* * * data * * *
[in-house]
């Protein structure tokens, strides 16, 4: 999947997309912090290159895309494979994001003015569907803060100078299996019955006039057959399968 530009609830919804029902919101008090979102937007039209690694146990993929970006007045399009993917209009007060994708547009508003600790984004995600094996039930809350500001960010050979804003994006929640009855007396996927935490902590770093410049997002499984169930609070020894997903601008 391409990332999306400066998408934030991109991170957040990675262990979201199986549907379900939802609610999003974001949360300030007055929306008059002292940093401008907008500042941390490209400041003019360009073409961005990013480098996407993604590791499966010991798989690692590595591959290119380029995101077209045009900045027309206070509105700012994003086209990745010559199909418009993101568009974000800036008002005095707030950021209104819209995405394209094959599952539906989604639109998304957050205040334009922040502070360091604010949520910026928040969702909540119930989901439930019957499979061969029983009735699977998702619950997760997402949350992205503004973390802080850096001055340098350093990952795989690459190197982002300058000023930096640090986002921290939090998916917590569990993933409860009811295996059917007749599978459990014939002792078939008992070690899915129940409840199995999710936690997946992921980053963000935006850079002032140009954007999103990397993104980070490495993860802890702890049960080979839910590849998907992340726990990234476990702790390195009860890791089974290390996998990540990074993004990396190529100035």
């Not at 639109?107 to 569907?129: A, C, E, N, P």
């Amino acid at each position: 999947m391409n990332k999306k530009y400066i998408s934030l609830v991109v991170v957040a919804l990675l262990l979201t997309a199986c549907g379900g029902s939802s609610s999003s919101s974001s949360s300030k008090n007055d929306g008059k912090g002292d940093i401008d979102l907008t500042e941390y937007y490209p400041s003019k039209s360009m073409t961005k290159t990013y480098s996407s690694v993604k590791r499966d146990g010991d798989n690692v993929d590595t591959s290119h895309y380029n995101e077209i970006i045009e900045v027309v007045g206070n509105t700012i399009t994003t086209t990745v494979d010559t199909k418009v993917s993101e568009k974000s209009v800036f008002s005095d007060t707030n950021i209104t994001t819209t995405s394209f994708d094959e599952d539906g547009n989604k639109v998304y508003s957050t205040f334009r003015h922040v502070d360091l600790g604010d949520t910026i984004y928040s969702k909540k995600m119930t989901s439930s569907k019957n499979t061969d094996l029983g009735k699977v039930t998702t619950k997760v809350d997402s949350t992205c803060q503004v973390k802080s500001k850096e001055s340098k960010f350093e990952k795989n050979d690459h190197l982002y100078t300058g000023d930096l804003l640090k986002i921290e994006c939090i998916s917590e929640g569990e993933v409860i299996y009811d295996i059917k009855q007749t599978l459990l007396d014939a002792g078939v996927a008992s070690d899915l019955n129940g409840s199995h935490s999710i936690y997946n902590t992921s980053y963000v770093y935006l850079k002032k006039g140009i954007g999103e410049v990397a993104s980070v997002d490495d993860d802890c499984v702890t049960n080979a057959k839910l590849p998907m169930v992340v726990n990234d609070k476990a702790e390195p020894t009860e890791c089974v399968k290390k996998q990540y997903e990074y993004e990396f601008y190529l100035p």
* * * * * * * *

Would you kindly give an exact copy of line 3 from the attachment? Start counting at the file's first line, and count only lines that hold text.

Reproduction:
């Not at 639109?107 to 569907?129: A, C, E, N, P």